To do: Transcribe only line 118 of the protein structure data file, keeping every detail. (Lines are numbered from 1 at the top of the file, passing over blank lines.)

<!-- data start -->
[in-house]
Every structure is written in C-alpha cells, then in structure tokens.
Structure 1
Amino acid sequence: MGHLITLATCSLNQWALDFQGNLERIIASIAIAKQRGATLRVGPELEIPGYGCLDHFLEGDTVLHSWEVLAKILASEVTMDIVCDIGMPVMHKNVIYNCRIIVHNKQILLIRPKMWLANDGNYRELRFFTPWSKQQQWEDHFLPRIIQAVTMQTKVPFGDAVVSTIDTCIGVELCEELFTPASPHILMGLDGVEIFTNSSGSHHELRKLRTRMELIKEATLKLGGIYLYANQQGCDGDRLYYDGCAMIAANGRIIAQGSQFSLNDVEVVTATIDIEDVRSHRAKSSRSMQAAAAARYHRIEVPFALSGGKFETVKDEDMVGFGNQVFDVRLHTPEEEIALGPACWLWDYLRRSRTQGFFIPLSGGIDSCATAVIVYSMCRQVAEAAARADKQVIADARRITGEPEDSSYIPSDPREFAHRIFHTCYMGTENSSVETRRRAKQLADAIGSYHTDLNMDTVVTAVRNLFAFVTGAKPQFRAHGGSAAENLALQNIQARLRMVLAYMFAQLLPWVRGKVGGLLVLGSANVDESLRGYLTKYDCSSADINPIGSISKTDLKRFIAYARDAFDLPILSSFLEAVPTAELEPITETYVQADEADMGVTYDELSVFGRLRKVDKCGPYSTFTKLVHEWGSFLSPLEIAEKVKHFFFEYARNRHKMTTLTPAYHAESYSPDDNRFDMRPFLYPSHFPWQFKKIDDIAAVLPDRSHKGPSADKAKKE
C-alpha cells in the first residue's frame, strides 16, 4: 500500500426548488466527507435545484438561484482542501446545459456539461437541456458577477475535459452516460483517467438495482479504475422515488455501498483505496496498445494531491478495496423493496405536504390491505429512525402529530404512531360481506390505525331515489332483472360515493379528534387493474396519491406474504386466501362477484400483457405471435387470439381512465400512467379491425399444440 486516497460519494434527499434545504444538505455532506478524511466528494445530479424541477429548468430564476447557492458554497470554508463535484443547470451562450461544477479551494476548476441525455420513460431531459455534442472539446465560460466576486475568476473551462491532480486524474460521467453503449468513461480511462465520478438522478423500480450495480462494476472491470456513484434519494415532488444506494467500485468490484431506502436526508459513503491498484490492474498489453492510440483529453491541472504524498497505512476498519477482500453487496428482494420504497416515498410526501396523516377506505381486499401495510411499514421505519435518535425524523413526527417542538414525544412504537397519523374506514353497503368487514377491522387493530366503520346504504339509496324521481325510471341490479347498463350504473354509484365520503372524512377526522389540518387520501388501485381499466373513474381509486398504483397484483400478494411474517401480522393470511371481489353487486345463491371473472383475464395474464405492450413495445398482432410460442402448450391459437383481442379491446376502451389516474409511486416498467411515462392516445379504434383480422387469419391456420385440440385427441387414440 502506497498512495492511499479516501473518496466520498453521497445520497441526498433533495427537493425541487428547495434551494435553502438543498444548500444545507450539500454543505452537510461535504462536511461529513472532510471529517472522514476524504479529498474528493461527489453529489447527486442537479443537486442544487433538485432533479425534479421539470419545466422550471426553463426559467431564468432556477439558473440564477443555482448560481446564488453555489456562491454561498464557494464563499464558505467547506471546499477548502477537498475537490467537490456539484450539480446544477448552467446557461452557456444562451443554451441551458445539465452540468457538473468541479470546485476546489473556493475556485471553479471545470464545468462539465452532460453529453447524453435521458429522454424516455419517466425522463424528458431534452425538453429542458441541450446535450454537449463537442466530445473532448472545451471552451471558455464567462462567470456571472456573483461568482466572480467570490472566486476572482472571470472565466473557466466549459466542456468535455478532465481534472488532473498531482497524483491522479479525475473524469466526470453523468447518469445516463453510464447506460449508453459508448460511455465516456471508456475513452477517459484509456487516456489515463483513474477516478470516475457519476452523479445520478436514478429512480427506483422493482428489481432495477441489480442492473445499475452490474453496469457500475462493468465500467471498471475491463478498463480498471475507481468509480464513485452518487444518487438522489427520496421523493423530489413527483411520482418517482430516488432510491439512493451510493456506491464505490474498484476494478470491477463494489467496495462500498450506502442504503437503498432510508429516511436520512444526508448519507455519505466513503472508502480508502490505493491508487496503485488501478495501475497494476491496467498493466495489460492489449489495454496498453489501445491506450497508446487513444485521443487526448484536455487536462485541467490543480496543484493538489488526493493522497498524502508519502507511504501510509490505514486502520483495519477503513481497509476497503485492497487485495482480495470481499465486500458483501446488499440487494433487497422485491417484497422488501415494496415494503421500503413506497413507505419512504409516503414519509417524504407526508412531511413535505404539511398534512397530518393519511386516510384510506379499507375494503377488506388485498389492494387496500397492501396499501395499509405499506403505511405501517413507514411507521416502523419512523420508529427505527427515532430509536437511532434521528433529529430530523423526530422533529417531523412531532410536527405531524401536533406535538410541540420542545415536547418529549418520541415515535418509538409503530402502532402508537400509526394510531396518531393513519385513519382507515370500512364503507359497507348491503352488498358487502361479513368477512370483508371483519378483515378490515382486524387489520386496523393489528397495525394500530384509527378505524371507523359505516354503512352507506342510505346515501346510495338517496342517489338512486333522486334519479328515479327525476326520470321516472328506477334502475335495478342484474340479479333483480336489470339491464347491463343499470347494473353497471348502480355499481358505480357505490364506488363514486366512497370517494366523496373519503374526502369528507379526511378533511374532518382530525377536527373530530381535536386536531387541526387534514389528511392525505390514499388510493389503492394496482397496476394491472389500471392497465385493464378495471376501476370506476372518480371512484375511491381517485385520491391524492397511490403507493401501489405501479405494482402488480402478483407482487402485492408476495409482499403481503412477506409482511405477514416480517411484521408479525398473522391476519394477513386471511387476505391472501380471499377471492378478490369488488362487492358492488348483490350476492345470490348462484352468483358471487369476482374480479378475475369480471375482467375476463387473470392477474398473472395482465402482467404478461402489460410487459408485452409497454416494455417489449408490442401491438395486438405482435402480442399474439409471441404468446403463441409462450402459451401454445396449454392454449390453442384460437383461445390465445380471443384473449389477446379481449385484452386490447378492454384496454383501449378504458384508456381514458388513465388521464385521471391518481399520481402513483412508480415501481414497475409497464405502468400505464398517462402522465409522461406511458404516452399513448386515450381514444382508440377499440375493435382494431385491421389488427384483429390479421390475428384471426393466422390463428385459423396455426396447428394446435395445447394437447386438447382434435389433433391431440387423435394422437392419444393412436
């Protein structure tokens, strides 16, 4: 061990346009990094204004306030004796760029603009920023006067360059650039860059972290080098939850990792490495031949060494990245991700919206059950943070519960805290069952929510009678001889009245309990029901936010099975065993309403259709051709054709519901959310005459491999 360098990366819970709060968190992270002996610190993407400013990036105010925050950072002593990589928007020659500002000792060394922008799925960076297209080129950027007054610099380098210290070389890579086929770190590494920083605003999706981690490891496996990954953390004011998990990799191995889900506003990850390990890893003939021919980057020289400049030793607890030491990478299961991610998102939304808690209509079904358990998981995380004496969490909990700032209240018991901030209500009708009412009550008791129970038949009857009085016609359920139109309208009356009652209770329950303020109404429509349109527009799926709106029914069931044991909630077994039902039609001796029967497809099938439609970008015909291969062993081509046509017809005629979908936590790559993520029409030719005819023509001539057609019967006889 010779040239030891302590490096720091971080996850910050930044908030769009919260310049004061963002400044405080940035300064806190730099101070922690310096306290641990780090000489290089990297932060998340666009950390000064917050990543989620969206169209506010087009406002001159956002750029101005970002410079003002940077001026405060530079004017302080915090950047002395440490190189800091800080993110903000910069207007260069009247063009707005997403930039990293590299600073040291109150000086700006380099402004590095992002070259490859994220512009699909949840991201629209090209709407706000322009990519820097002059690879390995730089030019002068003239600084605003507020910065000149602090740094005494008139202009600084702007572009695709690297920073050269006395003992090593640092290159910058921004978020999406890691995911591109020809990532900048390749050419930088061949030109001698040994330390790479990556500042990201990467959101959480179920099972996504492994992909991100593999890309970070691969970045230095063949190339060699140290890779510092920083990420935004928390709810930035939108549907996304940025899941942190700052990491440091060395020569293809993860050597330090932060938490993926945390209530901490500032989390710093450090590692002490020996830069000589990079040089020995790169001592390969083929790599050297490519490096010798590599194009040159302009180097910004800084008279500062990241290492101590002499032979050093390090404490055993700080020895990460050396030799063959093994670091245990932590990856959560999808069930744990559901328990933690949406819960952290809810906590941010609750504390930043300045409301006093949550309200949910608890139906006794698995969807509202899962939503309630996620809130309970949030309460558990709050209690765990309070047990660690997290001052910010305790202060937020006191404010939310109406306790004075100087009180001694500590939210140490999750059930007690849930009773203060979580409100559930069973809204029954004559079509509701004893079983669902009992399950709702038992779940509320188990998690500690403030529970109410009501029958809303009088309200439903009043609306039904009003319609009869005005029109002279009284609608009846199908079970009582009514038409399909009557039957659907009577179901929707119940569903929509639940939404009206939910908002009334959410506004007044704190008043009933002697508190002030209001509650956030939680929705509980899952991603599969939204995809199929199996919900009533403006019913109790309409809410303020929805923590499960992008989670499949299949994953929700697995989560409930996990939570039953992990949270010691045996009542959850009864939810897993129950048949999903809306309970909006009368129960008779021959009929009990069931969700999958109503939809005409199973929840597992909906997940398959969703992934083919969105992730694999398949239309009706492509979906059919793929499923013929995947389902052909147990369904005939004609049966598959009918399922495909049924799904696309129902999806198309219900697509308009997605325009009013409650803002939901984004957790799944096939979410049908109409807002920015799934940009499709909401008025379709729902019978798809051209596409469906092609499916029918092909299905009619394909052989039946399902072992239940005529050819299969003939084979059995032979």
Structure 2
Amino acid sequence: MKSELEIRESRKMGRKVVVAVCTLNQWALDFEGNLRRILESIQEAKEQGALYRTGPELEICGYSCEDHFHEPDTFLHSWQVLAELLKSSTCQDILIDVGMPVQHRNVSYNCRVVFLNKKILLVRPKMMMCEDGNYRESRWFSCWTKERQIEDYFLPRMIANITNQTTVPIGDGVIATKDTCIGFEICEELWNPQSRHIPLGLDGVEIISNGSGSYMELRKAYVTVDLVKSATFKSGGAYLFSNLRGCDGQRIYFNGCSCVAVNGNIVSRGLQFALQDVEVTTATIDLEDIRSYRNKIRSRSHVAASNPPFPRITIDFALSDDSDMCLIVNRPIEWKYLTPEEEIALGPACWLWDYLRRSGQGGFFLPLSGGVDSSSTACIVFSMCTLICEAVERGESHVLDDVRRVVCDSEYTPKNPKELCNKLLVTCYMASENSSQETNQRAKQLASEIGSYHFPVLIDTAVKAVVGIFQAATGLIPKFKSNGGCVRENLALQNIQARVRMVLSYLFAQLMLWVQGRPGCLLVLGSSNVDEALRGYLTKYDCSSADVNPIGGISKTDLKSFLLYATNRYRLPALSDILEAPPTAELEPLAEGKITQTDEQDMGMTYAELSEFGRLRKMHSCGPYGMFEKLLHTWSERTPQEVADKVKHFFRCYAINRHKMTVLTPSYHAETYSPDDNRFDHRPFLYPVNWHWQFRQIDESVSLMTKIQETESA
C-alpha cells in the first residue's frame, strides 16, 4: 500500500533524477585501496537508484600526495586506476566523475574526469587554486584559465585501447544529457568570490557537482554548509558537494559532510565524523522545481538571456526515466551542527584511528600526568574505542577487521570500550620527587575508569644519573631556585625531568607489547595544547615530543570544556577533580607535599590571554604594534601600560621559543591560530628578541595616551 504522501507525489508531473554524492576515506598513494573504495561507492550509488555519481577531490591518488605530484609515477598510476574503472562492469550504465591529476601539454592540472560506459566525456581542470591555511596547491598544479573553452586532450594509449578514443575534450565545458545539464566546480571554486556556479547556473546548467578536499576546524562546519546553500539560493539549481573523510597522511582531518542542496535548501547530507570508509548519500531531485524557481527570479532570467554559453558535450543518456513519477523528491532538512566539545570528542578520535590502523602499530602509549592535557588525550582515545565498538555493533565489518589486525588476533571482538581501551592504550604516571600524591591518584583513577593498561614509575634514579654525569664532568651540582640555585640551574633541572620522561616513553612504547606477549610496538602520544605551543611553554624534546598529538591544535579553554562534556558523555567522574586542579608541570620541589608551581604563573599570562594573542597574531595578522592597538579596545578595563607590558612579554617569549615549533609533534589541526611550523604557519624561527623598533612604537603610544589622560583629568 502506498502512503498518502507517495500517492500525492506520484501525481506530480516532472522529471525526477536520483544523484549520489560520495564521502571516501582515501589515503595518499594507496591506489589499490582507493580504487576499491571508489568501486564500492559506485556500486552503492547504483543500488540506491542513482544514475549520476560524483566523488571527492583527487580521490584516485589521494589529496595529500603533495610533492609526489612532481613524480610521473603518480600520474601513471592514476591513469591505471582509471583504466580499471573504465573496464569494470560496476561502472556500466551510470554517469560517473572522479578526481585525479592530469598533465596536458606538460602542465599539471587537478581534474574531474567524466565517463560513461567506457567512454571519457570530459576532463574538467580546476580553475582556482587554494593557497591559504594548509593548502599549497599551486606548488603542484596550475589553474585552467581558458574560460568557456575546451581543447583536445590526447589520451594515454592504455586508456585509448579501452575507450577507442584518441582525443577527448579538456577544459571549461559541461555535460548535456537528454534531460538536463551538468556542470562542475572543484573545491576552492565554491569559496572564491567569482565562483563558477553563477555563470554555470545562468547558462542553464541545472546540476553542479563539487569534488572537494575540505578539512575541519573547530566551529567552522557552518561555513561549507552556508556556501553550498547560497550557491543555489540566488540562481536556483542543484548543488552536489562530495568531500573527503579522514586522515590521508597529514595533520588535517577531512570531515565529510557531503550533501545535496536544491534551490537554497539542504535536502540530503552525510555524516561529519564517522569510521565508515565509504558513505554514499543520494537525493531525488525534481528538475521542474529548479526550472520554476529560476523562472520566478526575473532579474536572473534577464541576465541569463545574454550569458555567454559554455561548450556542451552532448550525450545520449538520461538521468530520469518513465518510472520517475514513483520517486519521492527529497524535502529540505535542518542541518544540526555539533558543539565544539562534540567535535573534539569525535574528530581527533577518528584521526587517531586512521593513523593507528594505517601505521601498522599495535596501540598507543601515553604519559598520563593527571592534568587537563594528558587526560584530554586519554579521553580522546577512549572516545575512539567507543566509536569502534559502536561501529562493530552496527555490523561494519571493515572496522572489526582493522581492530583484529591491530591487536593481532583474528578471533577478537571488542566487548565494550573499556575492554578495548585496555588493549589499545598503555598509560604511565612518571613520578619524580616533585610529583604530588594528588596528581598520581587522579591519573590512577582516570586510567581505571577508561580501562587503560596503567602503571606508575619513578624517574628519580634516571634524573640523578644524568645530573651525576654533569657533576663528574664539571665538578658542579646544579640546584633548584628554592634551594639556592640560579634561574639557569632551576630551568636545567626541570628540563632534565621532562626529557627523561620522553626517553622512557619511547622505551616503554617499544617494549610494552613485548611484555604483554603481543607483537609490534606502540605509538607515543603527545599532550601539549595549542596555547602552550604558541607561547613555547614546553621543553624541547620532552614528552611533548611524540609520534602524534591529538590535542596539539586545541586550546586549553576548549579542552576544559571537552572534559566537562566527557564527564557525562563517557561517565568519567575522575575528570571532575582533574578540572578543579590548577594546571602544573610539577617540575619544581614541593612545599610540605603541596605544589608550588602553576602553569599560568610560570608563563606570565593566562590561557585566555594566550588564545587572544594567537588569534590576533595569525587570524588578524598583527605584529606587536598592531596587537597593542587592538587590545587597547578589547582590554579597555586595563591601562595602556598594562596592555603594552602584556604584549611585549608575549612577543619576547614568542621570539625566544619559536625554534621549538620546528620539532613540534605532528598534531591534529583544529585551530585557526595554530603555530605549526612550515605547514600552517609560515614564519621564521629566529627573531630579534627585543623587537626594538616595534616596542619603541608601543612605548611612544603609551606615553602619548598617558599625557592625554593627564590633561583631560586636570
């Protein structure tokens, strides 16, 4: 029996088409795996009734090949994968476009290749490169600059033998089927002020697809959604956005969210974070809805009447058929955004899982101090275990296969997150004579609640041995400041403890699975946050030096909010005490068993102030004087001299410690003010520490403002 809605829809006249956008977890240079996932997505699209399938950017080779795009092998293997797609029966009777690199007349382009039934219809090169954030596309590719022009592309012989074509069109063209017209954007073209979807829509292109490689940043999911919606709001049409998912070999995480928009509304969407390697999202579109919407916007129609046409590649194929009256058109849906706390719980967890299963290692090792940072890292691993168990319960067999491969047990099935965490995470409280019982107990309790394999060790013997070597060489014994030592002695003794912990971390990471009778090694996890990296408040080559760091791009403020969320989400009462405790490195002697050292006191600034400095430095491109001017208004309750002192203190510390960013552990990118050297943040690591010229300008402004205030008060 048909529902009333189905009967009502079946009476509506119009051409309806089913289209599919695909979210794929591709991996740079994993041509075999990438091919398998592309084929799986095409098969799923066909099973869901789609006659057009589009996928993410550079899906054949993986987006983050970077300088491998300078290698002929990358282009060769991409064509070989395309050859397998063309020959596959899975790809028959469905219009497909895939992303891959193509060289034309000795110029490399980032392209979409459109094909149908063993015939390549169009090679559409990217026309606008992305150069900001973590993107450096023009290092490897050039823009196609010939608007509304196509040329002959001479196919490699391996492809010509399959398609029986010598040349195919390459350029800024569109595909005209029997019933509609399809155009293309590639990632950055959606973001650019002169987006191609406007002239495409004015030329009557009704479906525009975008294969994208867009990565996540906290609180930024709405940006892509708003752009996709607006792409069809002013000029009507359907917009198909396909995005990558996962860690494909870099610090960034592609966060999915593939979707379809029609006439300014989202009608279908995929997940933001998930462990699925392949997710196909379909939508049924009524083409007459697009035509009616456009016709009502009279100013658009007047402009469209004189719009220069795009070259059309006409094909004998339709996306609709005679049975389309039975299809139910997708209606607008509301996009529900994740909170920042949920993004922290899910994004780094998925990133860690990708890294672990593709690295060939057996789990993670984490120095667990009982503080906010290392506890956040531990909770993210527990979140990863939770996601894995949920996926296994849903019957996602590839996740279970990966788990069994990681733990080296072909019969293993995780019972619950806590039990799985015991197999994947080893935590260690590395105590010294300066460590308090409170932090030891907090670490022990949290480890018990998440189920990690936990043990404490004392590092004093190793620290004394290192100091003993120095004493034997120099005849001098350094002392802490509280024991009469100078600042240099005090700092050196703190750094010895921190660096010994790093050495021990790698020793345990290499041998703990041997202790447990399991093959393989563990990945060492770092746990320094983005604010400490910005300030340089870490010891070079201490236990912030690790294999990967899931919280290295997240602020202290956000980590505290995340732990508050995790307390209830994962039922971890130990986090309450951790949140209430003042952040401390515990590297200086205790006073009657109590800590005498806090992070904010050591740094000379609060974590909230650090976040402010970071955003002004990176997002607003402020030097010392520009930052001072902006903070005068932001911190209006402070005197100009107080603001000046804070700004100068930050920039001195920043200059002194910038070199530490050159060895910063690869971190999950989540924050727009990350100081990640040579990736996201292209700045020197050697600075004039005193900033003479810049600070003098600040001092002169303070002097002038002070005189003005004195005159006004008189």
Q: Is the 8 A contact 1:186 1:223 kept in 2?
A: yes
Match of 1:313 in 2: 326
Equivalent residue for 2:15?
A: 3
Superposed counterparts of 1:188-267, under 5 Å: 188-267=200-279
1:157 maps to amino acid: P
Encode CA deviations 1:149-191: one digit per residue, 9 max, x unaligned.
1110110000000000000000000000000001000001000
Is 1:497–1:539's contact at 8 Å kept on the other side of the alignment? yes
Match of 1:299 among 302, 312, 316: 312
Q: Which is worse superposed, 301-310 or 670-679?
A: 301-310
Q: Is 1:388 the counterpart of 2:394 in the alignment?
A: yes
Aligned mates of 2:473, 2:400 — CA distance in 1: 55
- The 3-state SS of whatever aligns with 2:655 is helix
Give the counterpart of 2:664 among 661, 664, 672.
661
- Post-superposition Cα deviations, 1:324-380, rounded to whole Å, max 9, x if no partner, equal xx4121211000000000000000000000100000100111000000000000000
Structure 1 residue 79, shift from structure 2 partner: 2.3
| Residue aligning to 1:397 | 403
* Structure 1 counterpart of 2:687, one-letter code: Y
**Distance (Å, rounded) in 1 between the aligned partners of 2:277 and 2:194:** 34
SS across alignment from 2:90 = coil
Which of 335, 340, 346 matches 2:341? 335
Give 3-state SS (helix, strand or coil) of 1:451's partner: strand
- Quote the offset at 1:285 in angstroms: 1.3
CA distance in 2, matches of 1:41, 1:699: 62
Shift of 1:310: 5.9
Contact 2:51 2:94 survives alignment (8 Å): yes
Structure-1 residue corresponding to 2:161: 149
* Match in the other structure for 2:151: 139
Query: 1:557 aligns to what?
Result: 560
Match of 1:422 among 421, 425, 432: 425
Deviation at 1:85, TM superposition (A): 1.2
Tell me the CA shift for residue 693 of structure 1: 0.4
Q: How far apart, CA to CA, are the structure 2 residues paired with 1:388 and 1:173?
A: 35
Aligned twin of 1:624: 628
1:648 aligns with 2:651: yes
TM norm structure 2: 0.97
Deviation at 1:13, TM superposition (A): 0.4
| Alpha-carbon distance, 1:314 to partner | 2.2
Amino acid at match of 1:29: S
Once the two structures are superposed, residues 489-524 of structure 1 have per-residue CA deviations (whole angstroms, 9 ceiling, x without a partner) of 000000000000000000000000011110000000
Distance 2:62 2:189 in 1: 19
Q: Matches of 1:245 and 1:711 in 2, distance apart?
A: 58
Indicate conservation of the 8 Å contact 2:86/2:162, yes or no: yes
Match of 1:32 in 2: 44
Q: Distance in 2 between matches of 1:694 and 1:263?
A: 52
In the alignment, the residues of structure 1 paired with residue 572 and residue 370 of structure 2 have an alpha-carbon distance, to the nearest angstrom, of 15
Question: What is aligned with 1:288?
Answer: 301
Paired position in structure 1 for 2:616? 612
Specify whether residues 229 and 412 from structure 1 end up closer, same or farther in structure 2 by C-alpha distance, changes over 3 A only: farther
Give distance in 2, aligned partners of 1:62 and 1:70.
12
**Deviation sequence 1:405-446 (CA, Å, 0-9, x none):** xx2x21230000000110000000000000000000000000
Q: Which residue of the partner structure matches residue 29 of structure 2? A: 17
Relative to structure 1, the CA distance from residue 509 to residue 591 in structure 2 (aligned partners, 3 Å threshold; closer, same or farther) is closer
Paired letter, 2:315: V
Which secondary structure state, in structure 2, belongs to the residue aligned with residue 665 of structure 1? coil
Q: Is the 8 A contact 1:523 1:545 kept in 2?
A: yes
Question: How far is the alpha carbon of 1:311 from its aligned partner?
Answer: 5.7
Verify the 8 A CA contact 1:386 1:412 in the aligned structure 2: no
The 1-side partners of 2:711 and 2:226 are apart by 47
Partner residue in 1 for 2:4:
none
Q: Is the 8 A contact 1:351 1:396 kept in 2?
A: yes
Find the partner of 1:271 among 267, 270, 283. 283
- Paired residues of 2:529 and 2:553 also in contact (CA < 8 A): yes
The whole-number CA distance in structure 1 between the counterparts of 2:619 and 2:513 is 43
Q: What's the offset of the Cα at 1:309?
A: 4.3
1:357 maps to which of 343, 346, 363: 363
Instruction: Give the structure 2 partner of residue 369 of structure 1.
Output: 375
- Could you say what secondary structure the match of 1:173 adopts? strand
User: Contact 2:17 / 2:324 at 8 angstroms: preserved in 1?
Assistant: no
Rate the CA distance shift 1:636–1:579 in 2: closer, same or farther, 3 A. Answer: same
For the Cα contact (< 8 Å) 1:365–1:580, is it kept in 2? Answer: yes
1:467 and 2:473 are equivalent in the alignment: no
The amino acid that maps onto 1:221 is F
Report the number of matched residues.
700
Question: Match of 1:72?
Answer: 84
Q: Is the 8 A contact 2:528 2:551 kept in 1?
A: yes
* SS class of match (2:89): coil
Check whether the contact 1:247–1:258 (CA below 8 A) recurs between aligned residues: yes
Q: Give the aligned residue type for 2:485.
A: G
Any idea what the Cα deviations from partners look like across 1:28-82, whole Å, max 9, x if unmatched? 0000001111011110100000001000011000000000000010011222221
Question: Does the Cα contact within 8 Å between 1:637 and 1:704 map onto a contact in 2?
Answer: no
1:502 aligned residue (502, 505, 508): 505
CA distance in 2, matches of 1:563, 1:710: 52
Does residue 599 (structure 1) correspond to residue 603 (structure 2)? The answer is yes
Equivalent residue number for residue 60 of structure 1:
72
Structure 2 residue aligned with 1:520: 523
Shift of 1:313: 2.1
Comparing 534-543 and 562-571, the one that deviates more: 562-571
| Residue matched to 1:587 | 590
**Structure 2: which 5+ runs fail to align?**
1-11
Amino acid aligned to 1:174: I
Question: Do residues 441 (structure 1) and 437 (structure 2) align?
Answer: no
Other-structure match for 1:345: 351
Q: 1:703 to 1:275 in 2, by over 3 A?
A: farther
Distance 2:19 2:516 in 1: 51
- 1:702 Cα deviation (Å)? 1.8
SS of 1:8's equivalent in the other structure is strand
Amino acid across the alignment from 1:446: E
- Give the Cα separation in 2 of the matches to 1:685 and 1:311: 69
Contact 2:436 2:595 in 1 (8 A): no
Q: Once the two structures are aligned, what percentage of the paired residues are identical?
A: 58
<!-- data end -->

Equivalent residue number for residue 60 of structure 1: